Monday 9 July 2018
Pyrography is becoming ever-more popular, and it should come as no surprise that people have pushed the boundaries of many of the available units, resulting in manufacturers producing more sophisticated machines that are able to deliver more power. The in-turn can cope with not only the fine detail work, but also the heavy-duty scorching and incision work that is now being undertaken.
This all-new Fire Writer unit, available from Woodworks Craft Supplies claims to be 'the newest and most technologically advanced pyrography machine available'. So with such a mighty claim, I was only too pleased to put it to the test.
What is it
The unit is compact and looks to be very sturdy. It has an on/off switch on the back side of the unit, a speed-control dial with settings 1-10 and a couple of handpiece holders. It is light enough to move around if you want it in a different position, but is heavy enough so that it will not shift about unnecessarily when using the handpiece.
This unit is sold with a pen with two clamping points at the end of it that accepts any pre-made or self-made wire tips in 16-22 gauge wire. The handpiece has an extra-long supply heavy-duty lead. The pen can be swapped for a new one by removing an insertable pin which fits in the main body of the unit.
It comes with lengths of different grades of wire so you can make your own nibs. You can also buy an optional splitter connection that allows you to have two pens connected all the time.
I found that the handpiece could be held very easily in the hand; a few other people tried it and found that they too had no problem holding it comfortably. I fitted and used a variety of homemade nibs and a wide selection of pre-made ones, such as scalpel and feather burning tips and found that the fitting of the nibs is easy. Just undo the locking screws, locate the wire ends in the gap and clamp in place – secure and simple.
The heat delivery and control is excellent. Setting 1 delivers a very gentle, low heat suitable for foiling, then the heat progressively ramps up, becoming more intense as it approaches setting 10 – the red-hot setting. What was interesting in use was the heat fade – when you have a heat setting and touch the tip to the work – which was negligible. I don't know if the electronics inside sense the heat decline and adjust accordingly, but I hardly noticed any heat fade at all. Always wanting to push the limits,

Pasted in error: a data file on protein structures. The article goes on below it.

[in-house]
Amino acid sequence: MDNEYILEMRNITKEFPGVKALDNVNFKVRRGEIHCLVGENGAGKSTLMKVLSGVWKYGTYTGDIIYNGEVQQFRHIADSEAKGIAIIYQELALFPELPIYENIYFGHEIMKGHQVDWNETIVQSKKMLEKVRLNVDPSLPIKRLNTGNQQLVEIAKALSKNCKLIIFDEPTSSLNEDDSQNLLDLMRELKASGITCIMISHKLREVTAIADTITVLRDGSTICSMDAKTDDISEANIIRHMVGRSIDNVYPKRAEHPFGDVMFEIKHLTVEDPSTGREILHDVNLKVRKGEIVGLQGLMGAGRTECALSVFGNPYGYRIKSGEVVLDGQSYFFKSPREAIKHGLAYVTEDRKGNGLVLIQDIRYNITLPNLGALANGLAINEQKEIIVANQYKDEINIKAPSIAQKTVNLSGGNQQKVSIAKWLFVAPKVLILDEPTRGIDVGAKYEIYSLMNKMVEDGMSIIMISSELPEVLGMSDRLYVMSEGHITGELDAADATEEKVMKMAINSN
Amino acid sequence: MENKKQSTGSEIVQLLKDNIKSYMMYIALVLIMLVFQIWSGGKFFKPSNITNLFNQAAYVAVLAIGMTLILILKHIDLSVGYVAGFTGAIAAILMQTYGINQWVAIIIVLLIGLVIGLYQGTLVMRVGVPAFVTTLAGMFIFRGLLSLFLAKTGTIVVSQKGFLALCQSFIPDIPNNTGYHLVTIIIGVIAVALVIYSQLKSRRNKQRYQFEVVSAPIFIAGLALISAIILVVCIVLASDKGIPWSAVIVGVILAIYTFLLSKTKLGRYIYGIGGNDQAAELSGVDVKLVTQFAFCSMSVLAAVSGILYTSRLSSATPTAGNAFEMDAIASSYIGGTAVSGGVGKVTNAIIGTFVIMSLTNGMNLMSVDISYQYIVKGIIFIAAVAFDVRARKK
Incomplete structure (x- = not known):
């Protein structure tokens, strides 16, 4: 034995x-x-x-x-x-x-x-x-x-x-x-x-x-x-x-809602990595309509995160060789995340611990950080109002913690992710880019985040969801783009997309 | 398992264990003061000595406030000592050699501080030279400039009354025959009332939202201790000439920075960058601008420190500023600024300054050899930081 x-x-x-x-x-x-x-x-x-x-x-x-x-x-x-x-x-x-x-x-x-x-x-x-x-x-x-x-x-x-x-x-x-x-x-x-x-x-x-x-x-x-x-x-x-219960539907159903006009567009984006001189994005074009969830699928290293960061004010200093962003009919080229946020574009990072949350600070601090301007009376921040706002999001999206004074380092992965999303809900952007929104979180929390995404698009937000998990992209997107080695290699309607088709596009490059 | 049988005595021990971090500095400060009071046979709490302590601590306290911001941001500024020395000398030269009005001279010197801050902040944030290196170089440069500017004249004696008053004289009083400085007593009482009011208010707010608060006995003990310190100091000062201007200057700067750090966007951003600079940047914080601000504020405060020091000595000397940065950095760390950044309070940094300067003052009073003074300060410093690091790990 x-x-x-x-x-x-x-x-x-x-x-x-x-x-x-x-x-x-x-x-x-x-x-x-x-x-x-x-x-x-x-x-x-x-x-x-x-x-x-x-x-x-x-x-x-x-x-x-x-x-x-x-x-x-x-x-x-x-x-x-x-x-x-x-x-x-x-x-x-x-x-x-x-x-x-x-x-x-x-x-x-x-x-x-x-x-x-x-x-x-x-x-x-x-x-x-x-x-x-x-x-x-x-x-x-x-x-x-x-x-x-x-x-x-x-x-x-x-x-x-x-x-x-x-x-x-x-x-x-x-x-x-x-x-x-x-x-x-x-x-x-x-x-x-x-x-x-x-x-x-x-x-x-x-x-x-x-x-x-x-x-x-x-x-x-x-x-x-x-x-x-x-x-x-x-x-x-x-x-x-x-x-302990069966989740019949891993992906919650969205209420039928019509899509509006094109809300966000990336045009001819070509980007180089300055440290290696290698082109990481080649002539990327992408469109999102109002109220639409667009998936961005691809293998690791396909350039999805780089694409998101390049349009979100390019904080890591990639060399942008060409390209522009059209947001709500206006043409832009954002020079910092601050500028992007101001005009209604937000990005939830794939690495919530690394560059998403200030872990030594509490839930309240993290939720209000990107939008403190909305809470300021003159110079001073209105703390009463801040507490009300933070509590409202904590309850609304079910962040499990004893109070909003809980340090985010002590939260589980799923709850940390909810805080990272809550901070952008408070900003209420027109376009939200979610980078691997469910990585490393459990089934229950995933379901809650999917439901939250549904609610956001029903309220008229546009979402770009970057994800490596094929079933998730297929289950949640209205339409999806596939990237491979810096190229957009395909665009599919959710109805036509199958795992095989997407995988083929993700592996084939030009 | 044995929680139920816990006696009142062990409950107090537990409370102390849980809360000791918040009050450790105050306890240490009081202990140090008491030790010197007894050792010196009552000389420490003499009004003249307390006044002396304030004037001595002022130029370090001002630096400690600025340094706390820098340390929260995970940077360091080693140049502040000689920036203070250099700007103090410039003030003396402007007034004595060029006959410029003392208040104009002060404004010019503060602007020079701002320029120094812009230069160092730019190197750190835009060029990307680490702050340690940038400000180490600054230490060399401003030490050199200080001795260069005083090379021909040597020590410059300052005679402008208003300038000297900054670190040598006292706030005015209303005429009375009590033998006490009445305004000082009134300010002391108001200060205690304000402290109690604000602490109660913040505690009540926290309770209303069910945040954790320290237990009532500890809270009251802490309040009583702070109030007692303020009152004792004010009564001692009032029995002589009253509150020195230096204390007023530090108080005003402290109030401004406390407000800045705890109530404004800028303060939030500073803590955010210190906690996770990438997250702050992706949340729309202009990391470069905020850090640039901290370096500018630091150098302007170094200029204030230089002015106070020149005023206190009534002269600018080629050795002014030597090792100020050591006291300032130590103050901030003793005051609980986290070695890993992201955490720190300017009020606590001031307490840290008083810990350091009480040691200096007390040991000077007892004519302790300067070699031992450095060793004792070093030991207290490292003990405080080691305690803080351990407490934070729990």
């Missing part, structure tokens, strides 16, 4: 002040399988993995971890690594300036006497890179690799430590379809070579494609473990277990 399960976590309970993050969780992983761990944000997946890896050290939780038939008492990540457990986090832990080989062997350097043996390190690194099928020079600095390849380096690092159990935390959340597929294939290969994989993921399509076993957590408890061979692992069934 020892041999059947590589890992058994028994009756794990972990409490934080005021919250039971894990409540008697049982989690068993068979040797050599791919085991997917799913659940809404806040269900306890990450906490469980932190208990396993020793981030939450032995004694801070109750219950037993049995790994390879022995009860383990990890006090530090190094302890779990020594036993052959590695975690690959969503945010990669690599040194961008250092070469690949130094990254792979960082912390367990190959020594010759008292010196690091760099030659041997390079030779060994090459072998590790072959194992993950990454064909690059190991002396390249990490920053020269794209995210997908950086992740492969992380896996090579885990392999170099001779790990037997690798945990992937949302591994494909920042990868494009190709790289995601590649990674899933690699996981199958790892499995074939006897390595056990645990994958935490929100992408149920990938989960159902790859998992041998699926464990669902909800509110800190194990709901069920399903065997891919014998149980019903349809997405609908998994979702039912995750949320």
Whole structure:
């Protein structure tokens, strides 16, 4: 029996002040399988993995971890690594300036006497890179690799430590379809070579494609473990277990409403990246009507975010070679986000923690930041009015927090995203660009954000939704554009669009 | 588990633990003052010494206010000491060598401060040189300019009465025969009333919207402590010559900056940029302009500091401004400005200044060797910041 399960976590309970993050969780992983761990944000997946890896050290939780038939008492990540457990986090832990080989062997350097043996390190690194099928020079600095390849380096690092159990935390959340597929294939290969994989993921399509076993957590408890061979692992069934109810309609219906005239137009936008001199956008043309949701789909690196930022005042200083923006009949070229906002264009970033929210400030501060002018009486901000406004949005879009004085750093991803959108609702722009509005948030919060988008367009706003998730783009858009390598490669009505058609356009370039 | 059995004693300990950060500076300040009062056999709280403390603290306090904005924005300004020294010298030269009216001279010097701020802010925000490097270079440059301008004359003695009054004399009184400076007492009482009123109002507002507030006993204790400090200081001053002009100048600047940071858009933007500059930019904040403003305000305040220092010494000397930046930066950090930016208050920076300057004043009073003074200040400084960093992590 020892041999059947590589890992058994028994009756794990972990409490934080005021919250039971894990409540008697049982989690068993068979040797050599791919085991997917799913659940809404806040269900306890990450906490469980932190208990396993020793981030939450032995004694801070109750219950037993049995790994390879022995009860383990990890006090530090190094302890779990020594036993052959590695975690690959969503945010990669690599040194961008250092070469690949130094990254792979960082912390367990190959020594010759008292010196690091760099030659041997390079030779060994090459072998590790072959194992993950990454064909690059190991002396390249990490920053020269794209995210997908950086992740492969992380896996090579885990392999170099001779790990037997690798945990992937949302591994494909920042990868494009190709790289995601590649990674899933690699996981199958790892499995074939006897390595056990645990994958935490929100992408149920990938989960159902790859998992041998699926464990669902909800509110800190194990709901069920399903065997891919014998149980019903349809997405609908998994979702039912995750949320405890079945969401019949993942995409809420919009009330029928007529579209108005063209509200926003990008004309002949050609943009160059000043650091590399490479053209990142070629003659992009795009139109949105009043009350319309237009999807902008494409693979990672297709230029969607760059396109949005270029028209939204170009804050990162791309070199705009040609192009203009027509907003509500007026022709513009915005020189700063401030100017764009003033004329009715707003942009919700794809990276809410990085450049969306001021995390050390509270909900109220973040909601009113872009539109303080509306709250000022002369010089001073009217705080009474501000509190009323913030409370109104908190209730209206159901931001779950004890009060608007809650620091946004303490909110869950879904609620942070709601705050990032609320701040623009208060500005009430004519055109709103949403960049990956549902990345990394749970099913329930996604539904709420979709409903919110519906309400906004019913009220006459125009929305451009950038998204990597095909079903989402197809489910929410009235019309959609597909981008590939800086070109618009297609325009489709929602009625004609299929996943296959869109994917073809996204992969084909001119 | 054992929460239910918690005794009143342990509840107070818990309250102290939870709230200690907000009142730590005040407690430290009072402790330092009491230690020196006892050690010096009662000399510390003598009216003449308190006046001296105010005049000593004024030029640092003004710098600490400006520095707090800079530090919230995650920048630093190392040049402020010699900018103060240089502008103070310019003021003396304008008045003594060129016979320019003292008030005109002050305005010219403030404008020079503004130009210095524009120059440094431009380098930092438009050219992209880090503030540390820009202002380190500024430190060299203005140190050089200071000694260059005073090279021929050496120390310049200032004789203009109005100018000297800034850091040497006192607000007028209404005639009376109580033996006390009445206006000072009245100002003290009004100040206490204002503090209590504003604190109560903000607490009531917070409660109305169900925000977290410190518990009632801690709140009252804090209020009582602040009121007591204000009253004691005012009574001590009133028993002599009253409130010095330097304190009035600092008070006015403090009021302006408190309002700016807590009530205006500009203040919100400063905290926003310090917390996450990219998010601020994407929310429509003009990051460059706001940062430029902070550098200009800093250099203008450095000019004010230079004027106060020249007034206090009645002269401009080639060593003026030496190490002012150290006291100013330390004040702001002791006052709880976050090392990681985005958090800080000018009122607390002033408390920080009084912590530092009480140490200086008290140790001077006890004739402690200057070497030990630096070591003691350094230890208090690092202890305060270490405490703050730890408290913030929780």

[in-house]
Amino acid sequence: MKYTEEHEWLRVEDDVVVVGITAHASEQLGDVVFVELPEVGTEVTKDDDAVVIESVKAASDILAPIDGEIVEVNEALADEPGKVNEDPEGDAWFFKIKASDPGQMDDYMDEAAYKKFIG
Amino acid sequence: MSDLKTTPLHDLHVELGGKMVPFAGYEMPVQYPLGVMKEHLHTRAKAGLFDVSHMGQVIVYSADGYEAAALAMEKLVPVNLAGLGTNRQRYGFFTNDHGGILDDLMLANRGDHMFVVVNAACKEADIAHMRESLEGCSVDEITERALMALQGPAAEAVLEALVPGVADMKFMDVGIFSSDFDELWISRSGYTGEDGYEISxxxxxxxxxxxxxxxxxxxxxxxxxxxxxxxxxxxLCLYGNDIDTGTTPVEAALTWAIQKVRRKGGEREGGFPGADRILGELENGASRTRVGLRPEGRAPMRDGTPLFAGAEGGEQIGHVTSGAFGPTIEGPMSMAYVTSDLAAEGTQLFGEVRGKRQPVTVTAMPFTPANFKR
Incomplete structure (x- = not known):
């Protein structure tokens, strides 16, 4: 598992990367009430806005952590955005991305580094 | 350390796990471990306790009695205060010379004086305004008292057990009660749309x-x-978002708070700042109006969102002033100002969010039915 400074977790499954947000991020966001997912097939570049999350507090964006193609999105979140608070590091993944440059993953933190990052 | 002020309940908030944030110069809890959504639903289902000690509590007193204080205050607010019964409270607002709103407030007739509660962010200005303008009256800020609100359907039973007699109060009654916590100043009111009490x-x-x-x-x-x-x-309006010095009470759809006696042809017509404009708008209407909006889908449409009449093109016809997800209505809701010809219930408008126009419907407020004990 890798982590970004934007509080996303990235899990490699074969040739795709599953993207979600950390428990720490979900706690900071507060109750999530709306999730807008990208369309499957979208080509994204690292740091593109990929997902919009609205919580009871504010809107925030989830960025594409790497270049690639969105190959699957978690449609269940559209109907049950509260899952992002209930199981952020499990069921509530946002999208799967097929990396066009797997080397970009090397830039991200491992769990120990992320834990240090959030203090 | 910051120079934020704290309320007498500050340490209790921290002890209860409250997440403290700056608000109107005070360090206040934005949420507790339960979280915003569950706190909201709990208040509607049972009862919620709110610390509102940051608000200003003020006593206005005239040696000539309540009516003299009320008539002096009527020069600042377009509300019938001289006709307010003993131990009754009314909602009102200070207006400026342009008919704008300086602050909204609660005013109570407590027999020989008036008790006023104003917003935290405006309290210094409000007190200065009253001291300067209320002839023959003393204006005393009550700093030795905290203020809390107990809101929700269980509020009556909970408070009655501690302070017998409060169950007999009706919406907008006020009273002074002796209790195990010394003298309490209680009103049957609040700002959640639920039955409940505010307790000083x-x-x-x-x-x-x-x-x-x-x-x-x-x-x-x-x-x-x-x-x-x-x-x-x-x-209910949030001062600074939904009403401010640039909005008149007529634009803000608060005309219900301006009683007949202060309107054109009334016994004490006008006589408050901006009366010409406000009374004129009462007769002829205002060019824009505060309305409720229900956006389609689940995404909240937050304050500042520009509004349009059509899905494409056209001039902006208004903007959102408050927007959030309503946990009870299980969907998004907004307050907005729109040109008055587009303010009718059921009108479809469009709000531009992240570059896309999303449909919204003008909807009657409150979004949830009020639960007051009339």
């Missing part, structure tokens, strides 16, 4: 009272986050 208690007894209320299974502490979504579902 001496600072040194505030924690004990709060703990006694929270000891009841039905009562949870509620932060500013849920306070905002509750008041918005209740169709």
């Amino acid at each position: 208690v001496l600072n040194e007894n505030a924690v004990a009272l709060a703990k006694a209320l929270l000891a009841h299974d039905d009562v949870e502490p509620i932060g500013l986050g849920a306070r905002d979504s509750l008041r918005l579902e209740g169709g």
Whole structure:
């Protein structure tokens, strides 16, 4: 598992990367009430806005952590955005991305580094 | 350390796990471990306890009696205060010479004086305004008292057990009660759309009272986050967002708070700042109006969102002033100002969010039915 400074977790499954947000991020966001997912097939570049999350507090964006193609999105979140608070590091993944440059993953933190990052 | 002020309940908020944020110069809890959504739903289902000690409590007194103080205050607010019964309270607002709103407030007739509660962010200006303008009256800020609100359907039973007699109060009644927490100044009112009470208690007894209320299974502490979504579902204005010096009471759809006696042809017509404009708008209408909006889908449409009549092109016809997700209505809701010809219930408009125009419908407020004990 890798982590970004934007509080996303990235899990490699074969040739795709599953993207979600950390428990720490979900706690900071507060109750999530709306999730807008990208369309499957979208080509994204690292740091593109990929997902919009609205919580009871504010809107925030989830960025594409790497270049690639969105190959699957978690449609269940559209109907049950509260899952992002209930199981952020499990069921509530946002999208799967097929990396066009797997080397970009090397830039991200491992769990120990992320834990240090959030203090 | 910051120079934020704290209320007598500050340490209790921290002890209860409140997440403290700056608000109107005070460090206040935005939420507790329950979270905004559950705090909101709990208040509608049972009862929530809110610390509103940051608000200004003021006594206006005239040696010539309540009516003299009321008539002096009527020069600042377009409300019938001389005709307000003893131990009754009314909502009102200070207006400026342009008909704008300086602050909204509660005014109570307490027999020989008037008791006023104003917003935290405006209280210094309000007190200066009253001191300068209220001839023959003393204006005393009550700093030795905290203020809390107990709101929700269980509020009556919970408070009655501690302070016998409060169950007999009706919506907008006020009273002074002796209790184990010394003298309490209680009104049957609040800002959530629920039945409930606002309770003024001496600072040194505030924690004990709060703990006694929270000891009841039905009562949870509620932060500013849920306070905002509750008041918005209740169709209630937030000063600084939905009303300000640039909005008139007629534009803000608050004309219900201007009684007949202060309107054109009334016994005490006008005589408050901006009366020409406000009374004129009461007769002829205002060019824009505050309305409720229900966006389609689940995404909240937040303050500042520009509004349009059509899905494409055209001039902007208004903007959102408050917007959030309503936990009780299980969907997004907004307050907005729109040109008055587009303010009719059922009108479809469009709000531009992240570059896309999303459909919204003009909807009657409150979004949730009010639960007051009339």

I wanted to see if I could 'heat sculpt' work. This is usually done using a high heat setting, but is dependent on the work being undertaken and how fine the tip used is. In this case a scalpel tip was used and work was incised to great depths. I was able to incise and cut through birch-faced ply like a knife through butter. This technique can be handy when piercing small work and creating fine detail like hair and feathers, which seems to be used more often of late. Even at the high-heat settings, the handpiece remained comfortable to use. Suffice to say the Fire Writer copes with the heat without any problems at all and, as such, it breezed through the fine detail and shading techniques I also tried.
I found this unit to be well made and a joy to use. The price is very reasonable and, in my opinion, outperforms some of the higher priced units available on the market today.